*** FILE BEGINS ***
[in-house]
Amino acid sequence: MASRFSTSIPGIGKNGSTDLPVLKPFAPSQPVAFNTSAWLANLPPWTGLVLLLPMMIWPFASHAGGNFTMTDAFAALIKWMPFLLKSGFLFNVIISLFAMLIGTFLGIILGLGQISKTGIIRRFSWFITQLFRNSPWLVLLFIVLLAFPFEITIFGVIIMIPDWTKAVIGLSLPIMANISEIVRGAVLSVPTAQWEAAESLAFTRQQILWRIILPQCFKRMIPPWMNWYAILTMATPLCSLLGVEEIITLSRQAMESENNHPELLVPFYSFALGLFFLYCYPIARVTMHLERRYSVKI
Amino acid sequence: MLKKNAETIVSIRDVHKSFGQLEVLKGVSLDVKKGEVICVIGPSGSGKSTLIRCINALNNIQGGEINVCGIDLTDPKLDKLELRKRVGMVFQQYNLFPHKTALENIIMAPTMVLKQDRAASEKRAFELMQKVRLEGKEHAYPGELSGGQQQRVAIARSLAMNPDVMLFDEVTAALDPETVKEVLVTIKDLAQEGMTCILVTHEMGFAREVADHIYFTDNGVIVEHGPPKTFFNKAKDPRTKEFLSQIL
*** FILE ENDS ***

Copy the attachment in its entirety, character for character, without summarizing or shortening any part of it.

[in-house]
Amino acid sequence: MASRFSTSIPGIGKNGSTDLPVLKPFAPSQPVAFNTSAWLANLPPWTGLVLLLPMMIWPFASHAGGNFTMTDAFAALIKWMPFLLKSGFLFNVIISLFAMLIGTFLGIILGLGQISKTGIIRRFSWFITQLFRNSPWLVLLFIVLLAFPFEITIFGVIIMIPDWTKAVIGLSLPIMANISEIVRGAVLSVPTAQWEAAESLAFTRQQILWRIILPQCFKRMIPPWMNWYAILTMATPLCSLLGVEEIITLSRQAMESENNHPELLVPFYSFALGLFFLYCYPIARVTMHLERRYSVKI
Amino acid sequence: MLKKNAETIVSIRDVHKSFGQLEVLKGVSLDVKKGEVICVIGPSGSGKSTLIRCINALNNIQGGEINVCGIDLTDPKLDKLELRKRVGMVFQQYNLFPHKTALENIIMAPTMVLKQDRAASEKRAFELMQKVRLEGKEHAYPGELSGGQQQRVAIARSLAMNPDVMLFDEVTAALDPETVKEVLVTIKDLAQEGMTCILVTHEMGFAREVADHIYFTDNGVIVEHGPPKTFFNKAKDPRTKEFLSQIL